Part 1: The data breach that exposed 6.9 million records at genetic testing and data company 23andMe isn’t only being fought in the courts as to who to blame (customers recycling already corrupted passwords versus a site vulnerability to brute-force hacking). It appears the hackers had specifically targeted people with Chinese or Ashkenazi Jewish heritage. Worse, 23andMe is not addressing that. The evidence was there as early as October.
- 1 October: an unknown person posts on the 23andMe subReddit that they had customer records, posting a sample of the stolen data. Supposedly this is how 23andMe found out that their user data had been hacked and stolen. (Editor’s note–this zero-trust breach beggars credibility in a tech-oriented company.)
- 6 October: 23andMe’s blog post announcement of the initial 14,000 records hacked in their customer base, which later grew to 6.9 million records revealed through the links to MyHeritage, in adding functionality to Family Tree, or sharing their information by opting into 23andMe’s DNA Relatives feature.
- 6 October: Wired’s reveal that earlier in that week, a hacker posted on BreachForums a data sample of what they claimed were 1 million records exclusively on those of Ashkenazi Jewish heritage, plus hundreds of thousands of records on those of Chinese heritage. By Wednesday, the hacker was selling what was claimed as 23andMe profiles with information on display name, sex, birth year, and details on genetic ancestry results, but not raw genetic data. Pricing was between $1 and $10 per account depending on number purchased.
- By December, 23andMe was squarely blaming users for reusing passwords (credential stuffing), even if they created a unique password, and denigrating their right to demand legal accountability from 23andMe on their lax security procedures. [TTA 6 Dec 23, 19 Jan]
None of the contacts that 23andMe has made with users since October, including the letter sent to breached users (via TechCrunch) refers to any specific ethnic group targeting.
World events made this targeting and timing very important. The brutal attack by Hamas in the south of Israel was the very next day after the breach was disclosed, 7 October. It killed 1,200 civilians, with over 200 hostages. Israel declared war on Hamas in Gaza which still goes on, as do the demonstrations against Israel and overt anti-semitism. Given the targeting evident in this breach of individuals with information for sale, by 11 January Representative Josh Gottheimer (CD-5, NJ) sent a letter to the director of the FBI to investigate the hacking, specifically because the information could be purchased via sites used by hackers to merch this type of information–and used to target Jews globally.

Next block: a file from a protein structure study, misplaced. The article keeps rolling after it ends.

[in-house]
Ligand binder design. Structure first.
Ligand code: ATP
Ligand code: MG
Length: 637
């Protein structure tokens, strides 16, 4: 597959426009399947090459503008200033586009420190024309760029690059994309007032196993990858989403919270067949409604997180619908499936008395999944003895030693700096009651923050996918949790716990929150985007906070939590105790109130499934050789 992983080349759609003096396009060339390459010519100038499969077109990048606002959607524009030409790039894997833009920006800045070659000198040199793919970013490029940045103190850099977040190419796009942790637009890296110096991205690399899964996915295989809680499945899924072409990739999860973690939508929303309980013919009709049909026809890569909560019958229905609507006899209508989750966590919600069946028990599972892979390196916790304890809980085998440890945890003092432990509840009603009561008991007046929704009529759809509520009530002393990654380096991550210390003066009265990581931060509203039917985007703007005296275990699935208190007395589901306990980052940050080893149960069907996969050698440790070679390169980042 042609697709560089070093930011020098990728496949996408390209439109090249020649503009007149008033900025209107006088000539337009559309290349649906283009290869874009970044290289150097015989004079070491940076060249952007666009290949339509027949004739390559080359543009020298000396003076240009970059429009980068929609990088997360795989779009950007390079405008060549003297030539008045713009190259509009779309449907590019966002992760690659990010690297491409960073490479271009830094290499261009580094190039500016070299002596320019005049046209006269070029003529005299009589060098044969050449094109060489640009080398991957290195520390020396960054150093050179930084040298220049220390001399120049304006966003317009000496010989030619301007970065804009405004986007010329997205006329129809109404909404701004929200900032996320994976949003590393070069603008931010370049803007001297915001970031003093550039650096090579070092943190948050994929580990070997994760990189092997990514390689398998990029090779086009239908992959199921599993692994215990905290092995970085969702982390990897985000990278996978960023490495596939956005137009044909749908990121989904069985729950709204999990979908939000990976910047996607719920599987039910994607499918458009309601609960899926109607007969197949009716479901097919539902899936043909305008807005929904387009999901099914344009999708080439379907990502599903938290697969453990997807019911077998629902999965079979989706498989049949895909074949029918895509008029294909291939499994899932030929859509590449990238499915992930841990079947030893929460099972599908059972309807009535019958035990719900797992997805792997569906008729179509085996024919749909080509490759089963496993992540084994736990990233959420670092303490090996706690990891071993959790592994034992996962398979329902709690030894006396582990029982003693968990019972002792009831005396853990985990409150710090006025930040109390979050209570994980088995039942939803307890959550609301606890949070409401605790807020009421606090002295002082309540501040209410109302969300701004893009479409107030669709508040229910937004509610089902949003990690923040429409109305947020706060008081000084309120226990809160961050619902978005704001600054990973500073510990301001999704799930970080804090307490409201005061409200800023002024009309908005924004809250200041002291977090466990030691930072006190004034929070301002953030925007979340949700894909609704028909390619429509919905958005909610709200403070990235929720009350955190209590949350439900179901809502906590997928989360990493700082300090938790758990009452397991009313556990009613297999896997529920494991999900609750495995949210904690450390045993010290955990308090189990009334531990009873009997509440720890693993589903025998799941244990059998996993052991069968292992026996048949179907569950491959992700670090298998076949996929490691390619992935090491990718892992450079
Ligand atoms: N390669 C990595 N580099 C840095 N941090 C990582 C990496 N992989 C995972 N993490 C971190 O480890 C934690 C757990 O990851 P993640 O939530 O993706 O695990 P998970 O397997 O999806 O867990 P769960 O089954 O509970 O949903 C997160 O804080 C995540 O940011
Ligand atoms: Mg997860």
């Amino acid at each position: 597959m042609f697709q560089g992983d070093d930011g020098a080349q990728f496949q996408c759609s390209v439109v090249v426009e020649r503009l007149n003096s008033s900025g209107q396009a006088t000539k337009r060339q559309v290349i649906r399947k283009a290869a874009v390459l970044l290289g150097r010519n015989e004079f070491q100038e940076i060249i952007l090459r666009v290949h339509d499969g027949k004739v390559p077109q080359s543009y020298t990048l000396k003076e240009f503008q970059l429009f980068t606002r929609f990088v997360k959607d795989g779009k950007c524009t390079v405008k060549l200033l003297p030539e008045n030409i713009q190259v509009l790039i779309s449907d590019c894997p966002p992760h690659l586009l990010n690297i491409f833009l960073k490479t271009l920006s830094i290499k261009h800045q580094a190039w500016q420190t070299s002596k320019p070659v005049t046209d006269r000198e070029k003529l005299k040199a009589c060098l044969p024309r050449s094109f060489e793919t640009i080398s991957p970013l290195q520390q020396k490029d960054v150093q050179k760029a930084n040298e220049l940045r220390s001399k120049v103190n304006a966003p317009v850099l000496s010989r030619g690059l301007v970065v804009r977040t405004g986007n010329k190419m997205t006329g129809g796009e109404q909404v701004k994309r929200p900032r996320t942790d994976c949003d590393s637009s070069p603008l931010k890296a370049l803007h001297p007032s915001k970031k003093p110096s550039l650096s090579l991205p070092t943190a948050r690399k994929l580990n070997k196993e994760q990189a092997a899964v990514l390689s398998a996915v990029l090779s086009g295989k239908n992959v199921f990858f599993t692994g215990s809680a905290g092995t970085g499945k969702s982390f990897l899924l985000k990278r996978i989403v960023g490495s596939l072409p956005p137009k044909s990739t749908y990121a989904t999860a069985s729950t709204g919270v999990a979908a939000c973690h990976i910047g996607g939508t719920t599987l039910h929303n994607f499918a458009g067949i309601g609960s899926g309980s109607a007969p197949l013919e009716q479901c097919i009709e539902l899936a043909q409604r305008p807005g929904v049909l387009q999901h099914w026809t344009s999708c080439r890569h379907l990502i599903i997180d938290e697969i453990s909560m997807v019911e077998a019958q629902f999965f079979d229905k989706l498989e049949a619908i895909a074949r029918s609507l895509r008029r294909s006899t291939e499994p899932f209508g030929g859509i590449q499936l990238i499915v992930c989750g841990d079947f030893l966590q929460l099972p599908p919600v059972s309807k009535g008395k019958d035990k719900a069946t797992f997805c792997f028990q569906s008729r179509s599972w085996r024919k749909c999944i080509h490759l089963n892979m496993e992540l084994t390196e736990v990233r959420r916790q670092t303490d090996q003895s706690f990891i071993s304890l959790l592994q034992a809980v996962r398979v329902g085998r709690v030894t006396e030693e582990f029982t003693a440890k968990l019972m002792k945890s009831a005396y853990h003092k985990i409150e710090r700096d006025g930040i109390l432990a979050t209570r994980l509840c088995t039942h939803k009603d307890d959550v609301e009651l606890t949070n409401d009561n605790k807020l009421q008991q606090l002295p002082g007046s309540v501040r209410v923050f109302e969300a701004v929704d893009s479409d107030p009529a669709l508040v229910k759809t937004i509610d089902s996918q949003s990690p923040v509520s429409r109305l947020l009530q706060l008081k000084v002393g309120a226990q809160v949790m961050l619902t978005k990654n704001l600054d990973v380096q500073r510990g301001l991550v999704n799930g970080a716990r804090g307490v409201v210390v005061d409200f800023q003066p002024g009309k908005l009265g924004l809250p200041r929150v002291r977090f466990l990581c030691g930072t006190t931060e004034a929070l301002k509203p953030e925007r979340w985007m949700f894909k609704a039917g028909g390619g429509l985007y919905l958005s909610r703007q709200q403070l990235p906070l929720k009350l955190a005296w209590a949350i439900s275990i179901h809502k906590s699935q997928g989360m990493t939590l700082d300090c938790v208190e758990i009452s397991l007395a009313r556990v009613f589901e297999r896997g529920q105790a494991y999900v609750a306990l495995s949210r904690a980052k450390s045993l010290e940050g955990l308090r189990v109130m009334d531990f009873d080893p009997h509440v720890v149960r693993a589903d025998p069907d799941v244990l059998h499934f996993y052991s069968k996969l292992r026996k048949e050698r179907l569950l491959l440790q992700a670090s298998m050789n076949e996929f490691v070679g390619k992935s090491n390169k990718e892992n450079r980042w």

Third-party data included in the hack? There is also the possibility that DNA information from third parties such as Sequencing entered 23andMe’s database. In Illinois and other states, this type of sharing is illegal without specific consent. This information could also have been stolen without the knowledge of the individual. This has sparked additional class action lawsuits. The Times of Israel
Part 2: 23andMe is in poor shape financially. Like all too many companies that went public in 2021, 23andMe is a cracked SPAC that debuted in February 2021 above $16, with a company valuation of $6 billion, and now is trading on Nasdaq at $0.73 which gives the company a negligible value. Revenue is upside down and the company is torching through the $1.4 billion it raised both in the market and through private investment. The WSJ’s estimate in a far-reaching article is that it is 80% gone. Founder Anne Wojcicki’s stock has supervoting privileges which means she effectively controls the company, not the shareholders.
Both Ancestry (remember them?) and 23andMe had ups and downs from 2015 but the hype, especially after the Theranos implosion that year, was stunning. Genetics became The Next Big Thing That Would Save Health Tech. The large flaw–the market for genetic testing for ancestry and/or health is a ‘one and done’, which TTA predicted back in 2020 and earlier. Wojcicki guessed early on that a revenue model lay in selling de-identified genetic information to pharma. But their five-year exclusive deal with GSK ended last year and led to an 11% layoff [TTA 10 Aug 23]. Subscriptions for lifestyle counseling starting at $200 and exceeding $1,100 never took off. Growing their $4oo million Lemonaid buy from fall 2021 into a more robust and integrated telehealth platform never happened. Her long-term bet was moving into drug discovery using all that DNA data, but only two drugs of 50 have reached early-stage human trials.
Whether 23andMe will climb out of this crater, both financial and data security, as they did several times in early days, is to be seen. But Wojcicki’s personal brand apparently remains in great shape, unlike their data security. Also Futurism
*Updated 2 Feb for additional references, content, and copy editing